Fed Program Initiates Life-Saving Training for Shootings, Terror Attacks

The length of time victims wounded in school shootings and terror attacks must wait for help from an EMT could be minutes or hours—during which time they could bleed to death. This has happened in a number of cases, including a shooting at an Orlando nightclub in June, when a woman bled to death while waiting for help to arrive.

These incidents have prompted the Department of Homeland Security’s Stop the Bleed campaign, a nationwide initiative to empower individuals to act quickly and save lives in emergency situations. Bystanders are asked to take simple steps to keep an injured person alive until medical care is available. Security guards, custodians, teachers and administrators are being trained at schools and other places to administer first aid until help arrives.

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Stony Brook University Hospital’s trauma center is spearheading training for school districts and colleges across the country. According to the Associated Press:

At a recent training session, paramedics and doctors brought in fake body parts—blood spurting from the wounds—to show staffers of a Long Island school district how to tie tourniquets and pack open wounds with whatever they have.

“Seconds matter. It really can be minutes when you can lose your life,” said Dr. James Vosswinkel, the chief of trauma and emergency surgery at Stony Brook University Hospital, who led the training.

Doctors emphasized that in the critical seconds after an attack it’s important for teachers and other school staff to stay calm and begin assessing injuries. Teachers learned to apply tourniquets in case a student is shot in the arms or legs—using T-shirts or belts, if necessary—and to stick anything they can to pack wounds in the torso.

Stony Brook doctors have reached out to local schools to offer the training, but are looking to expand the program as part of a federal Department of Homeland Security initiative to other schools, colleges and police departments across the country.

“Nobody should die from preventable hemorrhage,” Vosswinkel said.

Active Shooter Preparations Lagging, Study Finds

Between 2014 and 2015, the United States experienced nearly six times as many active shooter incidents as it did between 2000 and 2001, according to the FBI. The report, Active Shooter Preparedness by Everbridge, found that even though U.S. companies are overwhelmingly concerned about violence and violent acts in the workplace, they remain unprepared.

Out of 888 organizations surveyed about their safety plans and ability to manage an active shooter situation, only 21% felt that they were prepared; and 79% said their organizations were at best somewhat prepared for an active shooter incident. Even among those who feel they are prepared, only 7% are “very much prepared,” Everbridge said.
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Preparedness is important, as companies cannot rely solely on police and other government assistance. According to an FBI study of active shooter events between 2000 and 2013, 60% ended before the police arrived. Adequate preparedness requires communication and practice plans to make sure responders know who is at risk and that people know what to do if an event happens.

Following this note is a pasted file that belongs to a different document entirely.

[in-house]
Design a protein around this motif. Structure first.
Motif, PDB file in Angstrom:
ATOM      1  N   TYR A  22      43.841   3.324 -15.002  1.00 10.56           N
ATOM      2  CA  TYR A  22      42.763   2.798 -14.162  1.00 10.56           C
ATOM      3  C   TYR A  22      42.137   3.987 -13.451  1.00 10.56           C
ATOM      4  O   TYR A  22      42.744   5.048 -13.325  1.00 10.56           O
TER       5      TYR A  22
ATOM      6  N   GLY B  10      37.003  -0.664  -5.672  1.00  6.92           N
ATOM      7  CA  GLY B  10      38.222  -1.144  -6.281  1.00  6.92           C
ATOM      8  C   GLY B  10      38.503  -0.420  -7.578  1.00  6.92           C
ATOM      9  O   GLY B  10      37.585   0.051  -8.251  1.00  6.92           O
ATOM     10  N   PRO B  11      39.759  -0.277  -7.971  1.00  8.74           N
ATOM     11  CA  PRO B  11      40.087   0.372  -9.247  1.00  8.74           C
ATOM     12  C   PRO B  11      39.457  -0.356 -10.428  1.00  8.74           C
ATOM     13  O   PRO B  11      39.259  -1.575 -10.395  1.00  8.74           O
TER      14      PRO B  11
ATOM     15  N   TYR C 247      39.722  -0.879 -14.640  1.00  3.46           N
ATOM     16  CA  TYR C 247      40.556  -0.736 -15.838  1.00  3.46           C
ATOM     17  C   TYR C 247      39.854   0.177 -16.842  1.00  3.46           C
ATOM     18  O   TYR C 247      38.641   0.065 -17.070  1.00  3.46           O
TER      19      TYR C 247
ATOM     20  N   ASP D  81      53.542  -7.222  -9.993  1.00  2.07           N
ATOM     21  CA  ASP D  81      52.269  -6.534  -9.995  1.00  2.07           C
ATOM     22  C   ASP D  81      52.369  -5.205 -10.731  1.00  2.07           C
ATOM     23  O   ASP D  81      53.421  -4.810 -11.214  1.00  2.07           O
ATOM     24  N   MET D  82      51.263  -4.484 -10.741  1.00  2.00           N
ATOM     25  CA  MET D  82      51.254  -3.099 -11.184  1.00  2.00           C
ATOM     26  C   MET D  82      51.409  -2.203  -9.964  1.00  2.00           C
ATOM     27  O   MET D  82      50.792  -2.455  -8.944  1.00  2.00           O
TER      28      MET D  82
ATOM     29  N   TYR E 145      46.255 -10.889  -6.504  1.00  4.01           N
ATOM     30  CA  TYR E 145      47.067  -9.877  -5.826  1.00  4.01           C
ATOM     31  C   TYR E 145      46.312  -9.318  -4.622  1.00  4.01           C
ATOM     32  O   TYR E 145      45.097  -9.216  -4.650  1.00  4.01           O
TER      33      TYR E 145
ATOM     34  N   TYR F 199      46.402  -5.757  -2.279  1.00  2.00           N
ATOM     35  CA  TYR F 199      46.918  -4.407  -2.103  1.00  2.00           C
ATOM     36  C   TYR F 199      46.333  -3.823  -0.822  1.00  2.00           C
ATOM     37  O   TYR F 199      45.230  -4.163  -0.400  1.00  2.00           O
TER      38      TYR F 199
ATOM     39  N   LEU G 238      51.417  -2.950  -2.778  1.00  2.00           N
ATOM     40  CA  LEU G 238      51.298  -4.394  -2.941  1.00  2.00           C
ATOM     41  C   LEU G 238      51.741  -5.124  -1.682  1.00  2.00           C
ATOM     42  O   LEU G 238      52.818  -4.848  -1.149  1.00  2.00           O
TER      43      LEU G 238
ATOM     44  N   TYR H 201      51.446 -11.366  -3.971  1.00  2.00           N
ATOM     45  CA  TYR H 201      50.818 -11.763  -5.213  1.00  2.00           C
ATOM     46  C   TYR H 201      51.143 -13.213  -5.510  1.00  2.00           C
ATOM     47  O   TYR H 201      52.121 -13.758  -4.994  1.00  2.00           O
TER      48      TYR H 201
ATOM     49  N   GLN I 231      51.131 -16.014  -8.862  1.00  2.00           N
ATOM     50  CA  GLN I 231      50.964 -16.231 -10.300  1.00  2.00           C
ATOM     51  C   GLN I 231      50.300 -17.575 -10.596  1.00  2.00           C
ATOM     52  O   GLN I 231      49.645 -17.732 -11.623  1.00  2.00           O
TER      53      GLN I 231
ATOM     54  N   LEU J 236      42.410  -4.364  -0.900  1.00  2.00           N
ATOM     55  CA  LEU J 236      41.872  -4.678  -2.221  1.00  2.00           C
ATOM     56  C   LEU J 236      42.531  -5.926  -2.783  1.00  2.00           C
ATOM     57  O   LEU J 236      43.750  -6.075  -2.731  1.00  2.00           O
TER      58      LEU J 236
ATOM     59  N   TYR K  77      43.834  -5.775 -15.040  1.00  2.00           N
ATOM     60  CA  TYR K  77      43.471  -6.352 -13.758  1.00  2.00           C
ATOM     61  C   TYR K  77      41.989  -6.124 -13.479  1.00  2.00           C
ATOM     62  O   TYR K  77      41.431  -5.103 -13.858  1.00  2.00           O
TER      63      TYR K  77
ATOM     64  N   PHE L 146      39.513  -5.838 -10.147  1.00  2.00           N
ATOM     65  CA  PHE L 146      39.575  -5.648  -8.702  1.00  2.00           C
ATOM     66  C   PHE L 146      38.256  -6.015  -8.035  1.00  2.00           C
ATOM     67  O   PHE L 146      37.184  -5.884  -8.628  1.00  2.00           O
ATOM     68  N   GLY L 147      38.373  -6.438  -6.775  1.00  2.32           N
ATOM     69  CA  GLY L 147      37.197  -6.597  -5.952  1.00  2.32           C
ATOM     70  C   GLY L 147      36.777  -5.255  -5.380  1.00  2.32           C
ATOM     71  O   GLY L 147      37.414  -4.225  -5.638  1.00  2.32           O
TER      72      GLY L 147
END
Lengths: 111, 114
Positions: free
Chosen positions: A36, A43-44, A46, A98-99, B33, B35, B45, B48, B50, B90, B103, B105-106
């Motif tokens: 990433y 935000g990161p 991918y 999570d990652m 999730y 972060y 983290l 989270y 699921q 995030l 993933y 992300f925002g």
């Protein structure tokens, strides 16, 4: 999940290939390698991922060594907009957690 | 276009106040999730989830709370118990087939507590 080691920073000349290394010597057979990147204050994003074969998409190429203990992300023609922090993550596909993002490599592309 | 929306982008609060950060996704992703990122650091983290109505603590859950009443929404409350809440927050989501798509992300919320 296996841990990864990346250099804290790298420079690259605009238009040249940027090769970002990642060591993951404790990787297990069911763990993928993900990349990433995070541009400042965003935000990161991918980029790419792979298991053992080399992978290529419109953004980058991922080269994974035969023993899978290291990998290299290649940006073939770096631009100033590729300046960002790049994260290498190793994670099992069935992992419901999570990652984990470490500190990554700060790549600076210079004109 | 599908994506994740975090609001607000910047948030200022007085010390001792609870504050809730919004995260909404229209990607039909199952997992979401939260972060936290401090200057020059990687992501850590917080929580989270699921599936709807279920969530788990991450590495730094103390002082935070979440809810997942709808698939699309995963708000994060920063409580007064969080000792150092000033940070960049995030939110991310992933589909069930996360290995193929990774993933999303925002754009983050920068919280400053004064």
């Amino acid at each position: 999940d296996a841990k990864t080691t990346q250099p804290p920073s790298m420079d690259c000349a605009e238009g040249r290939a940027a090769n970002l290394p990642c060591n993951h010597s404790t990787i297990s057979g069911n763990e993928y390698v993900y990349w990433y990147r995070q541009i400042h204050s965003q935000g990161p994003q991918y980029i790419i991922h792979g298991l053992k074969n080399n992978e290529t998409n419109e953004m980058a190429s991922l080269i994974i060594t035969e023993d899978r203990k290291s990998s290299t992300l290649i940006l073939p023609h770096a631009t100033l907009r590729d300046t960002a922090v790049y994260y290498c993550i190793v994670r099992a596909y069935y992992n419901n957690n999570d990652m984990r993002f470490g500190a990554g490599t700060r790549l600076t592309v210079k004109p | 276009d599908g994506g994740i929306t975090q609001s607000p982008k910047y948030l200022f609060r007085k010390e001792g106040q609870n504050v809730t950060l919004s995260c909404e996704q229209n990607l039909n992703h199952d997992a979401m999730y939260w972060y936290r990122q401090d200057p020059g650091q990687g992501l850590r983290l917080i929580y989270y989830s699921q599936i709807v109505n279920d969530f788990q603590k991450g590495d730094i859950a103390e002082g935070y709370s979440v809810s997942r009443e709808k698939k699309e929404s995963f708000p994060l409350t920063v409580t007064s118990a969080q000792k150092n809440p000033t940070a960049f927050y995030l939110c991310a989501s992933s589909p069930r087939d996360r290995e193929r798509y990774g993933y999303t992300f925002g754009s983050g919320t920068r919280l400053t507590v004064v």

Despite this, close to 40% of respondents said they did not have a communications plan in place for active shooter events.
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The survey also found that executives of organizations are much more concerned about employee or student safety than they were two years ago—the overwhelming majority (79%) said they were.
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Other Findings:

  • 69% of respondents view an active shooter incident as a potential top threat to their company or organization. Workplace violence was cited as a top threat by 62%.
  • Communicating to people who may be in an impacted building and confirming their safety was seen as the biggest challenge during an active shooter situation (71% of respondents).
  • Safety concerns are growing: 79% of executives/leaders are more concerned about employee or student safety than they were two years ago; 73% said that employees or students are willing to exchange some aspects of privacy for enhanced security.
  • 61% do not run any active shooter preparedness drills at all.

Terrorism Incidents Down, Disruption Up in 2015

A number of high-profile terrorism attacks worldwide have raised people’s fears this year, but the reality is that the number of attacks and deaths from such attacks actually decreased in 2015, according to Marsh’s 2016 Terrorism Risk Insurance Report.
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The report summarizes terrorism risk insurance trends, benchmarks terrorism insurance take-up rates and pricing, and offers risk management solutions for terrorism exposures.

The more current attacks, often perpetrated by a single individual or small group, are different from those carried out in the 1990s and 2000s when high profile locations were targeted. Individuals carrying out the more recent attacks may have no direct contact with a known terrorist organization, but could be drawn to them through writings and video, particularly on the internet, Marsh said.

These events can be very disruptive to operations in some companies. In the travel industry, for example:

  • About 10% of American travelers canceled booked trips due to the recent attacks in Egypt, France, Lebanon and Mali, which impacted $8.2 billion in travel spending, according to a survey by YouGov.
  • Booking losses for Air France were estimated to be €50 million ($56 million), the company said in a statement.
  • Airlines, hotel chains and travel websites experienced drops in their stock prices after this year’s airport bombing in Brussels.

In the United States, the Terrorism Risk Insurance Program Reauthorization Act of 2015 (TRIPRA) offers businesses a federal backstop against terrorism-related losses. While the overall take-up rate for TRIPRA coverage in the U.S. increased slightly in 2015, it has remained in the 60% range since 2009, Marsh said.